Colombia's limited oil reserves make the finding of new fields of extraction or the potentiate of the existing ones a more important task to do every day; the exploration projects that allow to have a better knowledge of the oil basins are essential. The upper Magdalena Valley basin - VSM, whose reserves are limited, has been one of the first basins for the exploration and production of hydrocarbons in Colombia. The Hondita and Lomagorda formations were deposited in the Late Cretaceous Middle Albian to the Coniacian and are characterized by being the hydrocarbon-generating rocks in the VSM basin oil system along with the Shale de Bambucá; therefore multiple studies have been made. In the oil industry, geochemical properties are used to understand the origin, migration, accumulation, and alteration of hydrocarbons and, in general, the evolution of the basin containing them. One of the most important parameters to understand this evolution is the formation temperature of the oil system. For this reason, a microthermometric study of fluid inclusions was carried out to recognize formation temperatures and to determine certain basic physicochemical variables, homogenization temperature, pressure, density and salinity of the fluid at the time of entrapment, providing evidence on the history of different events in different geological environments in the evolution of a sedimentary basin. Prior to this study, macroscopic and microscopic petrographic analyses of the samples collected in the field were performed. The results of the mentioned properties of the fluid inclusions in the different samples analyzed have salinities ranging from 20.22% to 26.37% eq. by weight NaCl, similar densities found in the ranges of 1.05 to 1.16 g/cc and an average homogenization temperature at 142.92°C, indicating that, at the time of their entanglement, the rock was in the window of generation of medium hydrocarbons –light with fragile characteristics of the rock that would make it useful to treat them as naturally fractured reservoirs.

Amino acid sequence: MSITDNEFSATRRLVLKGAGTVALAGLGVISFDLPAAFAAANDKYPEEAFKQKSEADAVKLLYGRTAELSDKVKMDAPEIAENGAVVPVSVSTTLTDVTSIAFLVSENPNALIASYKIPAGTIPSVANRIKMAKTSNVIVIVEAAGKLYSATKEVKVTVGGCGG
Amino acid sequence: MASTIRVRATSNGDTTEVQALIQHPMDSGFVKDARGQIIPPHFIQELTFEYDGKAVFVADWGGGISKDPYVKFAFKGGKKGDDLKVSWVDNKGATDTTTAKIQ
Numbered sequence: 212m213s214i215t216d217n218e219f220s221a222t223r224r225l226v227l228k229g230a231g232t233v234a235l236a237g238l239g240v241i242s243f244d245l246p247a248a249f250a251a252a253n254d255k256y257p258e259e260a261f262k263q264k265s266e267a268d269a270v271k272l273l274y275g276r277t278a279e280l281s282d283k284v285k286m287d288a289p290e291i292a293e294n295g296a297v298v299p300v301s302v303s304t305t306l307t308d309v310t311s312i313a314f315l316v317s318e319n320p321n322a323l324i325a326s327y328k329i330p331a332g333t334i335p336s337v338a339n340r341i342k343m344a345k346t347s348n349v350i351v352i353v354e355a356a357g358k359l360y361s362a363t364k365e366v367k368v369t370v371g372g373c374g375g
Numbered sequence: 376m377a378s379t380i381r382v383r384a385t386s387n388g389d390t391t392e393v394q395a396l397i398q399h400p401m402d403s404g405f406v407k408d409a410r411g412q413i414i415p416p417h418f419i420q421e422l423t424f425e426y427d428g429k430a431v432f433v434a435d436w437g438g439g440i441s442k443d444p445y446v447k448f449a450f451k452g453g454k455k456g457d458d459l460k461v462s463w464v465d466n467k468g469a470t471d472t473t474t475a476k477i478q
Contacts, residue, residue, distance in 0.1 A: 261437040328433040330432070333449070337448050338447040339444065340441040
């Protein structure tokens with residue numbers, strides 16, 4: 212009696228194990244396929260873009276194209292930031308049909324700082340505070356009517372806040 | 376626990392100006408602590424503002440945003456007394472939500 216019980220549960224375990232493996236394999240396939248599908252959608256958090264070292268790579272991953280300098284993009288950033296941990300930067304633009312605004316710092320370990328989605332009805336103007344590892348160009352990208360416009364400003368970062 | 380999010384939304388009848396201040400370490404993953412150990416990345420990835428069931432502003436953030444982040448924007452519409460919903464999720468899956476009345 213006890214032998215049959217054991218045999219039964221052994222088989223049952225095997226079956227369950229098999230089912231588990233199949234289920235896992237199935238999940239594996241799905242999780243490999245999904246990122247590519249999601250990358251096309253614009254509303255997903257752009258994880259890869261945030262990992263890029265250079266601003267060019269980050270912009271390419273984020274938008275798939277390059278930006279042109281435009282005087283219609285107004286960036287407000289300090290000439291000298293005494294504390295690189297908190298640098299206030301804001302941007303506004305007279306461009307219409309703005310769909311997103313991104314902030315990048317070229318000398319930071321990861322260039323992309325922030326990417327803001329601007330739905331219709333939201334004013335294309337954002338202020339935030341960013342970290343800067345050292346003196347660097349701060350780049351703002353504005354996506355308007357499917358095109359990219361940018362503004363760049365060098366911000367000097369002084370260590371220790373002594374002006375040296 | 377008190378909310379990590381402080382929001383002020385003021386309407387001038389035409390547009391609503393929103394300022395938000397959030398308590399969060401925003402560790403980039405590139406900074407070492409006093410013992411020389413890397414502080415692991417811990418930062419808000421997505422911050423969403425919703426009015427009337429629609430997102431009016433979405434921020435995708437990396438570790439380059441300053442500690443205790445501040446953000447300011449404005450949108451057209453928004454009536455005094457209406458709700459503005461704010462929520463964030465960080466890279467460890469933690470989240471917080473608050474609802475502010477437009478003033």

Keywords: Salinity, fluid inclusions, homogenization temperature, microthermometry